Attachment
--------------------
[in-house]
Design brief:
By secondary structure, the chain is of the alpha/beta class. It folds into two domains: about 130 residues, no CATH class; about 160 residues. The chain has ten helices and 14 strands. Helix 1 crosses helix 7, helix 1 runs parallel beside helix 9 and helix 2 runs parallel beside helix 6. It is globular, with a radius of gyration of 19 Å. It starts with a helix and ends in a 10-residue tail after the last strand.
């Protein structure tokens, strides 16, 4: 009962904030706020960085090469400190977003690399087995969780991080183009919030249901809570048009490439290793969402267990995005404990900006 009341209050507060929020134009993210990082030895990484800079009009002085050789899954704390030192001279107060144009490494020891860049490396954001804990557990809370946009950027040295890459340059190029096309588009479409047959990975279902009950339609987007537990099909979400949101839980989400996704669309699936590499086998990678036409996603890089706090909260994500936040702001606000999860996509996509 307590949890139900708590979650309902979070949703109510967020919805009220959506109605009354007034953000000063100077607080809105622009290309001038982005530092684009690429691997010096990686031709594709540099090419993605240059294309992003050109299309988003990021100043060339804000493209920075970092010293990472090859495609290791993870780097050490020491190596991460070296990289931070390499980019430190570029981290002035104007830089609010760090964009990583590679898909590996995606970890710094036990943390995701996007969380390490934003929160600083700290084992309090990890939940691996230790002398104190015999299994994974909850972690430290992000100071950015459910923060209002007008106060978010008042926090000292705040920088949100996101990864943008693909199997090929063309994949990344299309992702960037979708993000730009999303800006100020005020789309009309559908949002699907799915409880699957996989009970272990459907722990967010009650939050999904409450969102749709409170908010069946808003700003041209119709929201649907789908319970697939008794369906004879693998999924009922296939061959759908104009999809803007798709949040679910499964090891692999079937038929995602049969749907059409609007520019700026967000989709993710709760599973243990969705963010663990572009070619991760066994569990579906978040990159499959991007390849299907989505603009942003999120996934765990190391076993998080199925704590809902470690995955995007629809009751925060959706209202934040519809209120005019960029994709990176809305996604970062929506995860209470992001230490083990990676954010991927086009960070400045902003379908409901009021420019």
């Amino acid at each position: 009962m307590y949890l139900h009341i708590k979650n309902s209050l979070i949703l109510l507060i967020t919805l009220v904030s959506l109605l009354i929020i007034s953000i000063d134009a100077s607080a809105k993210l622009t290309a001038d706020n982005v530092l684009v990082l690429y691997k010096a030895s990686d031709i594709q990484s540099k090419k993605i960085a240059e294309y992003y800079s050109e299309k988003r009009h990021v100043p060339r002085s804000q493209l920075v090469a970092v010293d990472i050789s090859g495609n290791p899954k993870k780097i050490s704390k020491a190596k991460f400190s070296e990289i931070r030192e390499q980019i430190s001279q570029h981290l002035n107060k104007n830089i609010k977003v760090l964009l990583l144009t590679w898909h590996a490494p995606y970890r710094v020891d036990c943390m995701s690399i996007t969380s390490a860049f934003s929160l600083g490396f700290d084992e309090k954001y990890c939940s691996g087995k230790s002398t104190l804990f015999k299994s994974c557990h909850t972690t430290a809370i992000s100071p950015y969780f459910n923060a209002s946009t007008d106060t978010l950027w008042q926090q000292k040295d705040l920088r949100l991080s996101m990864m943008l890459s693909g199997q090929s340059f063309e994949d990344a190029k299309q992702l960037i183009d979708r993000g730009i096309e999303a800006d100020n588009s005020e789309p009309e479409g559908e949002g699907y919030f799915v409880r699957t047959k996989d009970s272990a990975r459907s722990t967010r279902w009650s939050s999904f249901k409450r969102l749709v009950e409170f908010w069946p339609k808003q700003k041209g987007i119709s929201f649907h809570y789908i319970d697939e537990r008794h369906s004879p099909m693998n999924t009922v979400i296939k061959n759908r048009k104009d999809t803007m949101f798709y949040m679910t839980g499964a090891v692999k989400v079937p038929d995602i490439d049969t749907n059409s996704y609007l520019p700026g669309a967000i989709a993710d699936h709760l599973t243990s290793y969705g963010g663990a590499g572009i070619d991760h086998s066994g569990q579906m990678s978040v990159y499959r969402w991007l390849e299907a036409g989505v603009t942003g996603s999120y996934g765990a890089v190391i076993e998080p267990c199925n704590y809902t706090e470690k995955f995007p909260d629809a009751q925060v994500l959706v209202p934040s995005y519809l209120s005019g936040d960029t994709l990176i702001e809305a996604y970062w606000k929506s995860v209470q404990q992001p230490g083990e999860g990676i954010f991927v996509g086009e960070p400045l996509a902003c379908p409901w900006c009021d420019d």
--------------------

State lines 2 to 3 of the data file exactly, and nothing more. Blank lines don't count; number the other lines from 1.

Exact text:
Design brief:
By secondary structure, the chain is of the alpha/beta class. It folds into two domains: about 130 residues, no CATH class; about 160 residues. The chain has ten helices and 14 strands. Helix 1 crosses helix 7, helix 1 runs parallel beside helix 9 and helix 2 runs parallel beside helix 6. It is globular, with a radius of gyration of 19 Å. It starts with a helix and ends in a 10-residue tail after the last strand.